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Elizabeth Scott was born in Fort Sill, Oklahoma where, her father was stationed during World War I. When she was four years old Scott's father retired and the family moved to Berkley, California, where she lived for the rest of her life. In Berkley the family were close to the university where her father enrolled on a Law degree, and Scott's life quickly became centred round the University. When she was old enough, Scott entered the university high school located in Oakland only four miles south of Berkley. The school operated an automatic admissions policy to all children living in the immediate local area, the result of which was a school with a racially and academically balanced population. The well-funded school placed much emphasis on the training of student teachers and preparing its students for entry into college. As the only girl enrolled in the advanced mathematics courses, Scott quickly stood out as exceptional among the student body and, even at such a young age, was already considering a career in astronomy. However she soon discovered :-
It was a profession not quite ready to welcome women.
In 1935 the Great Depression was still rife in America. In California, Scott's family, like most others, struggled financially at a time when she was completing high school and preparing to enter university. The University of Berkley was the logical choice for Scott as the tuition fees were low and she could save the family money by living at home. She enrolled in Berkley's astronomy programme and soon work became her top priority. Extra-curricular and social activities were pushed aside as she concentrated on her academic studies.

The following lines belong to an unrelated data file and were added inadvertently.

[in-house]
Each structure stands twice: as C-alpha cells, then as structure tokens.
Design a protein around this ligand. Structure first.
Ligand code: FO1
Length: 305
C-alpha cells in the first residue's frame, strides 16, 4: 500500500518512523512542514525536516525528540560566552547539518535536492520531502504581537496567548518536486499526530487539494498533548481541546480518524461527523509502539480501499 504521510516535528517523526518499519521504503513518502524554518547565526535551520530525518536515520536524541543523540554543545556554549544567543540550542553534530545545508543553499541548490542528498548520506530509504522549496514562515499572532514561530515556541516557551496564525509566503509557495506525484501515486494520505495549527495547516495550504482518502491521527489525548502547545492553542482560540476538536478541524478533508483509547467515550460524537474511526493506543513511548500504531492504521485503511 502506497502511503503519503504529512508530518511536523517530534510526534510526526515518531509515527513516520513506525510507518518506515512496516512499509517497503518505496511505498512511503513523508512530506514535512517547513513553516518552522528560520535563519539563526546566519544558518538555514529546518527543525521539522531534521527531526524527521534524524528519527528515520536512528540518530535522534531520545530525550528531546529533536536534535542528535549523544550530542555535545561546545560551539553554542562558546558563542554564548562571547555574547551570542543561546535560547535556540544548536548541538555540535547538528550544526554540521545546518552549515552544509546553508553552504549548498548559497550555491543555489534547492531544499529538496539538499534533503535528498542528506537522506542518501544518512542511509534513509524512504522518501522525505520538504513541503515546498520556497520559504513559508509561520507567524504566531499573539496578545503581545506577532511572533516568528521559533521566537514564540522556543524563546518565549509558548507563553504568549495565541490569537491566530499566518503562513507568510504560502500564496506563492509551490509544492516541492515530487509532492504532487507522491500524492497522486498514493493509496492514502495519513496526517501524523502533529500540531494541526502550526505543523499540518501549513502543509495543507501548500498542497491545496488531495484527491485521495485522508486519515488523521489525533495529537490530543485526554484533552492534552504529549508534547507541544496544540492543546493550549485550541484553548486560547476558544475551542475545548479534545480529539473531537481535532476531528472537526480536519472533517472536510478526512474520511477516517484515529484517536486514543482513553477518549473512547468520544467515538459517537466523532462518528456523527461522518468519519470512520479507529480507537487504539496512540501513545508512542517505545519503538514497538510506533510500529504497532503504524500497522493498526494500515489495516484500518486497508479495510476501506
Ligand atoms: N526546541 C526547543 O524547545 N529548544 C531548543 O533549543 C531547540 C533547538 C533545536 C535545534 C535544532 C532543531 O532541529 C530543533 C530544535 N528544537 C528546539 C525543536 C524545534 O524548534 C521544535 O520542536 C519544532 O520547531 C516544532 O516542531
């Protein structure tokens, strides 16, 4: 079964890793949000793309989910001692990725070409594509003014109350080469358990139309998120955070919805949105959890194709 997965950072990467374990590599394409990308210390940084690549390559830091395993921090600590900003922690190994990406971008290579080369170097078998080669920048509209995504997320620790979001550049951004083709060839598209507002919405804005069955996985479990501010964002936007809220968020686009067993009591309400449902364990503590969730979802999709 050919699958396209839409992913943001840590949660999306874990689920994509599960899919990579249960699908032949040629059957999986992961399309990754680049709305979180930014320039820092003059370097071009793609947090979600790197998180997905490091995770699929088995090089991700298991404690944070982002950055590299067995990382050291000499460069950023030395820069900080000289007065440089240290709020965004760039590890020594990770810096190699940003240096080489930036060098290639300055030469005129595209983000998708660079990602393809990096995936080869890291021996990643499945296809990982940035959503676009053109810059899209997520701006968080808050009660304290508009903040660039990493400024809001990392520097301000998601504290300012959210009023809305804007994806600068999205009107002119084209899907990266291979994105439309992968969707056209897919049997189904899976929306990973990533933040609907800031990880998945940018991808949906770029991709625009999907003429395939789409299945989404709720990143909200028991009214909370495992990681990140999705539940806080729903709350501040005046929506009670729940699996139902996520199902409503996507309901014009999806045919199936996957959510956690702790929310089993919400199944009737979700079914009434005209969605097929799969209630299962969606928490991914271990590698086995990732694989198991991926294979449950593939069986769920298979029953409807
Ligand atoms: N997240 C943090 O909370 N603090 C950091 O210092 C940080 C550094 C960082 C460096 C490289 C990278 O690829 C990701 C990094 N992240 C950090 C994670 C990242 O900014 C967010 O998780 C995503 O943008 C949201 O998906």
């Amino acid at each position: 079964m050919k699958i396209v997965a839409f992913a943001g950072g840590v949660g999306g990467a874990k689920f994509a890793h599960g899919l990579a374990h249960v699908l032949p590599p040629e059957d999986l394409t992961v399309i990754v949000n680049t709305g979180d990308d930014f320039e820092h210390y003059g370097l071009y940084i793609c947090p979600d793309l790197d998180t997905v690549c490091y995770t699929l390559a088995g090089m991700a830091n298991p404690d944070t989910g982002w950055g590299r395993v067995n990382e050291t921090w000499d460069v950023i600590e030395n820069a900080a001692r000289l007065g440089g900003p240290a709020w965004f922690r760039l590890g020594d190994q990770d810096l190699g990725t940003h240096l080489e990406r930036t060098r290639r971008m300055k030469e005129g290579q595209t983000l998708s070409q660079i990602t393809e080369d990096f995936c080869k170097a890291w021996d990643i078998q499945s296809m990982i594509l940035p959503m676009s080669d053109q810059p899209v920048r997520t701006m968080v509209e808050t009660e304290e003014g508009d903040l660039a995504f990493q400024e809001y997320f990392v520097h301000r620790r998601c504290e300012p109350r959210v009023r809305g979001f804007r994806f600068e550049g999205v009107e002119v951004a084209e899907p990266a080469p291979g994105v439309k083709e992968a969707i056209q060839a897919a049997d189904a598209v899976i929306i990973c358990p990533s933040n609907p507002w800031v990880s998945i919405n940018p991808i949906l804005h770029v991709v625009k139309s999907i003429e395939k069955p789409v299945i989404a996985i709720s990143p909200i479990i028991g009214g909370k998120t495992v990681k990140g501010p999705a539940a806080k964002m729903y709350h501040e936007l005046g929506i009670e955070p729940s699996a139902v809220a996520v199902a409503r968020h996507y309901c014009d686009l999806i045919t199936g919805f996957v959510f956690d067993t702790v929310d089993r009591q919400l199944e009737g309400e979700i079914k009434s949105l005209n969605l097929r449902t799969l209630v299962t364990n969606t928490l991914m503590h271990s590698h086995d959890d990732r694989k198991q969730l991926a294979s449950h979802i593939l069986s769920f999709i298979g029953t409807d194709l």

During her time as an undergraduate Scott had no female professors except in physical education. There were times, however, when women would substitute for absent permanent staff and it was on one of these occasions that Elizabeth met one of only two women in the mathematics department, Pauline Sperry. Later when she was a graduate student at Berkley Scott, with a few other female graduate students, was invited by Sperry to attend lunch at the Women's Faculty Club. Scott later became a life long active member of the Club after joining the faculty at Berkley and developing an interest in women's issues that would encompass much of her later work.
In 1939 Scott had her first paper published at the age of only 22. This paper, along with twelve subsequent ones published between 1930 and 1946, was concerned with studying comets. The papers mostly consisted of lists of elements and tables giving the future positions of a comet during the course of a year. Scott continued to write about a range of topics in astronomy throughout the rest of her lifetime. She received her Ph.D. in 1949 with a dissertation in two parts written under the supervision of Donald Trumpler. Part I was on Contribution to the problem of Selective Identifiability of spectroscopic Binaries and Part II was on Note on Consistent Estimates of the Linear Structural Relation Between Two Variables.